CHICAGO — A longtime federal decide in Chicago has agreed to function chief of employees to Chief Justice John Roberts – and in doing so has thrown new uncertainty into the three-year-old racketeering case in opposition to Ald. Edward M. Burke.
The Supreme Court docket introduced Monday that U.S. District Decide Robert Dow Jr., who has served on the bench in Chicago since December 2007, had been appointed Roberts’ new counselor. The court docket mentioned Dow would function Roberts’ chief of employees in that position.
Dow is predicted to imagine the full-time place on Dec. 5.
“I’m grateful to Chief Justice Roberts for the chance to serve him, the Supreme Court docket, and the judicial department on this new position,” Dow mentioned in an announcement launched by the court docket.
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Dow, who additionally teaches complicated litigation as an adjunct professor at Northwestern College Legislation College, has dealt with a number of high-profile circumstances in Chicago’s federal court docket. After holding a two-day public listening to, Dow permitted the historic 2019 consent decree that continues to manipulate the Chicago Police Division.
In 2020, Dow sentenced former Chicago Ald. Edward Vrdolyak to 18 months in jail for tax evasion. The decide mentioned then he was “not going to ship Mr. Vrdolyak to jail throughout COVID,” however finally insisted the once-powerful politician begin serving his sentence in November 2021.
Although Dow denied a later request from Vrdolyak for compassionate launch, Vrdolyak wound up beneath the supervision of a midway home after 5 months.
However most notably of late, Dow has presided since 2019 over Burke’s racketeering case. It has lingered for years on the Dirksen Federal Courthouse due to the COVID-19 pandemic and a mountain of pretrial motions filed in August 2020 that Dow solely dominated upon final June.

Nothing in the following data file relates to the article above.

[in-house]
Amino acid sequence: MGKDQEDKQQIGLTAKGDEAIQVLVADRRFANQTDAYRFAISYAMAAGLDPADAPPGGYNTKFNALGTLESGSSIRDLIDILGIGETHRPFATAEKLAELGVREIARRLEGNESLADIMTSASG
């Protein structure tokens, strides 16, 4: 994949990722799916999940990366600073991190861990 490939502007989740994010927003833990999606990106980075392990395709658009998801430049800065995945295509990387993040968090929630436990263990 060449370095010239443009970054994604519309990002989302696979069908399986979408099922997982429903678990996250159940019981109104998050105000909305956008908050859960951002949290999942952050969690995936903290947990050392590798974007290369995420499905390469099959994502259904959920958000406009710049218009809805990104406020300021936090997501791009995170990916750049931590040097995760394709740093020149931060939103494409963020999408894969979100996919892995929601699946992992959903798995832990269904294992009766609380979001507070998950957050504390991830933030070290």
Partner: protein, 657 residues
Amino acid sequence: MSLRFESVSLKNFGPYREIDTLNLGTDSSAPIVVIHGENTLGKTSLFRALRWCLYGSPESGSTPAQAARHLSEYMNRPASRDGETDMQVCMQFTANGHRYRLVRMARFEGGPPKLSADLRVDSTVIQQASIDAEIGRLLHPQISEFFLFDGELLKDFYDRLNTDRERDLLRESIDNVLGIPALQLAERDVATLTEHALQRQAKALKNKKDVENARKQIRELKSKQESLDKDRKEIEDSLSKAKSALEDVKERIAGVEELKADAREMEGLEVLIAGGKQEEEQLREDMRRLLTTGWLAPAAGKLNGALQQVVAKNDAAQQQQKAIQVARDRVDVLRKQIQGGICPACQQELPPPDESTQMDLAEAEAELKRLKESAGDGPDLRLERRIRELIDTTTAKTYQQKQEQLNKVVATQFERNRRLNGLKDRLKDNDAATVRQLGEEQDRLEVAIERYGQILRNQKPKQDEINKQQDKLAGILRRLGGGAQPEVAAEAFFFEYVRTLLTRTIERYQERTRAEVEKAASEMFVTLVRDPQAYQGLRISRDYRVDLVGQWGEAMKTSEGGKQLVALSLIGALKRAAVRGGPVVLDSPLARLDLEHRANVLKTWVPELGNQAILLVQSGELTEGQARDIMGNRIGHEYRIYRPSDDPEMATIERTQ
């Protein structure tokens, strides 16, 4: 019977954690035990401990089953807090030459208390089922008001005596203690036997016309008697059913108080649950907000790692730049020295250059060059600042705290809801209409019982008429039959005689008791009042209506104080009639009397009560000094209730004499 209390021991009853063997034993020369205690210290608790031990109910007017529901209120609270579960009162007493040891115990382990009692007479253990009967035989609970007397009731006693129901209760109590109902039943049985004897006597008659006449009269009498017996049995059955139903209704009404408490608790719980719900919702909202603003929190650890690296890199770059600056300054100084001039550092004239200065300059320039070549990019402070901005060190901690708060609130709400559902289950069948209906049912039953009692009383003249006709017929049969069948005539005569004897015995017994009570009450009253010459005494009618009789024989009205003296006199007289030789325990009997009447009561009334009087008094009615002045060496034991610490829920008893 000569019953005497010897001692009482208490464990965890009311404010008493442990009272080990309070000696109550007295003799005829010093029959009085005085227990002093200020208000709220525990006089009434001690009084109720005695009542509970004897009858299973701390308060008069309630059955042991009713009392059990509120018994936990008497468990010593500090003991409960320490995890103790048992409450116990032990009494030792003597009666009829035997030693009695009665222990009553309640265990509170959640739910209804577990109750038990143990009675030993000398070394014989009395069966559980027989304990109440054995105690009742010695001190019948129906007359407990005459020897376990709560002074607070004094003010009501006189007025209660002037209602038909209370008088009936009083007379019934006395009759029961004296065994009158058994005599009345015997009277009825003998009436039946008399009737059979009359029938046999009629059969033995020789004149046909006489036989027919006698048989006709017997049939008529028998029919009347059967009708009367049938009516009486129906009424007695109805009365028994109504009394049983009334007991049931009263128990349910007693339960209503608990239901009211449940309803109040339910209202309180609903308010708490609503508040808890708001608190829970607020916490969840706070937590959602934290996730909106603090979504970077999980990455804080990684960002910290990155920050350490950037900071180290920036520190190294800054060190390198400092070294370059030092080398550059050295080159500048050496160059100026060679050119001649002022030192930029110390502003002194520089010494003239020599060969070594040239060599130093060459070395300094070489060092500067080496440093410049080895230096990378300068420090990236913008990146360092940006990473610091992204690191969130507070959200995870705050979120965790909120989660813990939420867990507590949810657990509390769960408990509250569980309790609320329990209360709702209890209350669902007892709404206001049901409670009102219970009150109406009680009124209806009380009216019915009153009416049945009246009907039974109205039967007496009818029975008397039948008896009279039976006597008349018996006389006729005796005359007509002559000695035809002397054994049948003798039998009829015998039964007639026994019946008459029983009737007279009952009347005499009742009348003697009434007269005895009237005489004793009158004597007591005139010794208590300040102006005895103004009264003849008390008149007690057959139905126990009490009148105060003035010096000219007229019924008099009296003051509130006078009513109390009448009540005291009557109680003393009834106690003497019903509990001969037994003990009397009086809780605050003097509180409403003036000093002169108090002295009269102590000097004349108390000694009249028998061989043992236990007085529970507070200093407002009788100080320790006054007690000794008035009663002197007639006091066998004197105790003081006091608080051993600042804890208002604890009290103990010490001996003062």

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Then, in July, Dow lastly set Burke’s case for trial in November 2023. The schedule means Burke has an opportunity to hunt reelection whereas dealing with federal prison expenses for a second time. He was initially charged with tried extortion in January 2019 and received reelection in February 2019.
Nonetheless, it is not clear if that schedule will maintain, given Dow’s new place with the Supreme Court docket. Trial scheduling has been notably tough on the Dirksen courthouse as officers there attempt to clear a backlog created by the pandemic.
That is notably true of trials involving a number of defendants, like Burke’s. Additionally charged in his case are Burke political aide Peter J. Andrews and developer Charles Cui.
For now, the subsequent standing listening to within the Burke case is ready for Dec. 12 – one week after Dow begins his new job.